Diamond Grading

To many people, diamond grading  can seem extremely complex. A master gemologist’s training in gem appraisal can take years. Still, a few simple concepts can help you to read and understand a diamond’s grade and a report so that you are confident to compare quality.

Diamonds are as varied as people are, and choosing or wearing the right one can make a unique statement about the person wearing it, or the person giving it.

Chances are you won’t be shopping for a flawless diamond, as such a thing is extremely rare and expensive. Finding a beautiful gem with no flaws visible to the naked eye, though, is another matter altogether. They are easily available at reasonable prices.

When you begin shopping for a diamond, you will encounter the Four C’s, the quality standards for diamonds. Here is a short grading primer on what each C means and how it affects the value of the gem.


Of all diamond qualities, cut has the most to do with brilliance: the combination of sparkle and fire. A well-cut diamond maximizes the facets to reflect the most light possible and separates and intensifies the colors of the rainbow. There are three parts to the cut: the crown, the girdle, and the pavilion. Basically the girdle is the widest part of the stone, by which it is held in its setting. The crown is above the girdle and the pavilion is below it. The ratio of depth to width and angle of the facets determine the brilliance.


A diamond’s color quality refers to its body color, rather than the rainbow of reflected light. The whiter or more colorless the stone, the more valuable it will be (except for specific “fancy” colored diamonds, which can be extremely rare). Color is very difficult to evaluate, even for trained professionals, because we all perceive color differently, and differences between stones can be very subtle. Yet small differences in color can have a big effect on the price. Color is graded by the Gemological Institute of America (GIA) with letters ranging from D (completely colorless) to Z (yellow). The setting can also affect the color, which is why many people today opt for white gold or platinum prongs. But in some instances, yellow gold might better complement the diamond.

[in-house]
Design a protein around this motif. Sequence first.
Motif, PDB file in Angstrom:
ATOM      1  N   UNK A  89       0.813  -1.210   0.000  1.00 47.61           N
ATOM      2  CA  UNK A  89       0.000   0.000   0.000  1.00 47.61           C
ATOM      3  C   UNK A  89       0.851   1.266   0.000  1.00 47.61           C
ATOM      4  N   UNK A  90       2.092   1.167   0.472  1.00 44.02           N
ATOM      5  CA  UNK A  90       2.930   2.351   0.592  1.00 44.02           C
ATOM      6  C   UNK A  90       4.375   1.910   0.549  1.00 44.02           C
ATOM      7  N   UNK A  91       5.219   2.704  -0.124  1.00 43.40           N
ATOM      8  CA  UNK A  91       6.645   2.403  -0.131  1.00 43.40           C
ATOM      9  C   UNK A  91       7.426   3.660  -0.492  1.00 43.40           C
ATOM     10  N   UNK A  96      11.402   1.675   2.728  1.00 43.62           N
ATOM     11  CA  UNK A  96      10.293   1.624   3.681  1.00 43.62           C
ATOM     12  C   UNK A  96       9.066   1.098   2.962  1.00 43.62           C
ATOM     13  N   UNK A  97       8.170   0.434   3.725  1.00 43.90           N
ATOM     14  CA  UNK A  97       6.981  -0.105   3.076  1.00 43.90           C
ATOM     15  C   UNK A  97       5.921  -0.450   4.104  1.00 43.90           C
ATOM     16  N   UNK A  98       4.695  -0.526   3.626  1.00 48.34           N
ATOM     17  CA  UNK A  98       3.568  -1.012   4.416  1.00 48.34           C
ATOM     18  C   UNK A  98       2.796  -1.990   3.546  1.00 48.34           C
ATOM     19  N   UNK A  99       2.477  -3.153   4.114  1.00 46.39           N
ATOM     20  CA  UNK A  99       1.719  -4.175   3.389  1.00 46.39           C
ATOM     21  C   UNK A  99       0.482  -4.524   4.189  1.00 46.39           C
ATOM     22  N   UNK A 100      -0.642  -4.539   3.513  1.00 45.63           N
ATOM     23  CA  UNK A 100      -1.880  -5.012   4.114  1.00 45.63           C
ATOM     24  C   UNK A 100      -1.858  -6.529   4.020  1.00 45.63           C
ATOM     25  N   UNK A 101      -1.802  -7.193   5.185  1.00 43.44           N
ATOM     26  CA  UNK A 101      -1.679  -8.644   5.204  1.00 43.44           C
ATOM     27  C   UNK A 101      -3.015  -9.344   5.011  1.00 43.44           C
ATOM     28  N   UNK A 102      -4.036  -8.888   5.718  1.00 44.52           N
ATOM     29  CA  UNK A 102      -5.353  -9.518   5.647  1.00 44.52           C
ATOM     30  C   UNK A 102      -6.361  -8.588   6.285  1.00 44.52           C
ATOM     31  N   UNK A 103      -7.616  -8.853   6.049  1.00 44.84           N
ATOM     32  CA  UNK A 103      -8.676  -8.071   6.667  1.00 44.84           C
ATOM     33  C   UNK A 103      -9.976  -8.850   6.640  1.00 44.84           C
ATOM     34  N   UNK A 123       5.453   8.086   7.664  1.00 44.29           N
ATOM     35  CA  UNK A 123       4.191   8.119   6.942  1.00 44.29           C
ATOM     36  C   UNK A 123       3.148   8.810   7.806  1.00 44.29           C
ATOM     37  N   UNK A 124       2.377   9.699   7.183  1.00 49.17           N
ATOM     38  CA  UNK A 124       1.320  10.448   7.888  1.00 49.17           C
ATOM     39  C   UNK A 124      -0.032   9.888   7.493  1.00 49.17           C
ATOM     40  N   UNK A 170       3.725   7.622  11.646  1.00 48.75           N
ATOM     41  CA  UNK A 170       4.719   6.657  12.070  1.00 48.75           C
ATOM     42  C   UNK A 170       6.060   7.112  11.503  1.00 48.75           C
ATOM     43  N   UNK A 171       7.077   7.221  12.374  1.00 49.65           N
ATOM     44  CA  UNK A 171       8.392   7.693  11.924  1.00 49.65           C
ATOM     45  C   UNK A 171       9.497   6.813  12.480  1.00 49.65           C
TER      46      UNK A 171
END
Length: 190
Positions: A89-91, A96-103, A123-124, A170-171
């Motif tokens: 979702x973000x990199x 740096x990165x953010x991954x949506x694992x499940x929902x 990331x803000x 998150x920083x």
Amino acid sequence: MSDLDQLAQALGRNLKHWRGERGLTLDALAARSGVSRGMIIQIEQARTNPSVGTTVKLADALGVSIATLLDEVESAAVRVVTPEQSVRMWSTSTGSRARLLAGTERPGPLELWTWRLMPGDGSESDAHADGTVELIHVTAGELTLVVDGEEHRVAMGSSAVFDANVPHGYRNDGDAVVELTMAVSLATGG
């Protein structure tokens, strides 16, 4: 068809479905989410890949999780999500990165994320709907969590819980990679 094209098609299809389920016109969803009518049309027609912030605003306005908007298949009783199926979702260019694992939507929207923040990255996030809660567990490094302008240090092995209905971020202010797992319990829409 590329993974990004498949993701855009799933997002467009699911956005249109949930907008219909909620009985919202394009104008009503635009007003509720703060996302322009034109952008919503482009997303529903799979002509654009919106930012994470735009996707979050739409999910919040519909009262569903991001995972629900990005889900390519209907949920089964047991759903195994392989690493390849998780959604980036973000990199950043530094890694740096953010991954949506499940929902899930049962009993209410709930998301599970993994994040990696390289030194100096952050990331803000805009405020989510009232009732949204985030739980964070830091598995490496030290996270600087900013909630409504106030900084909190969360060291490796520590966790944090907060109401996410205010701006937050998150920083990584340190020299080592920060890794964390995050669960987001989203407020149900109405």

Clarity refers to the flaws in the stone itself. It is evaluated under 10X magnification and graded according to various systems, most often the one developed by the GIA. Almost all diamonds contain slight specks, which serve to uniquely identify each stone. These specks are called “inclusions,” a word which refers to anything trapped within the diamond crystal. These inclusions may be dark spots of other minerals, open cavities, or internalcracks or fractures, called feathers. The grading system measures number and severity of inclusions from flawless or nearly flawless to imperfect, which would indicate the inclusions in the diamond are easily discerned by the naked eye.


Carat refers to the weight of a diamond, though it is typically used to refer also to the size of a “well-cut” stone. One carat weighs 200
milligrams, or one-fifth (.2) of a gram. Stones of less than one carat are often described in terms of points, where each point represents 1/100th or .01 carat. So a 1/2 carat stone would be 50 points. In practice, a fraction of a carat weight represents a small range rather than an exact weight. As the weight of a diamond increases, so does its value and cost. But because larger stones are more rare, price jumps accordingly. A 2-carat diamond will always be more expensive than two 1-carat diamonds of the same quality.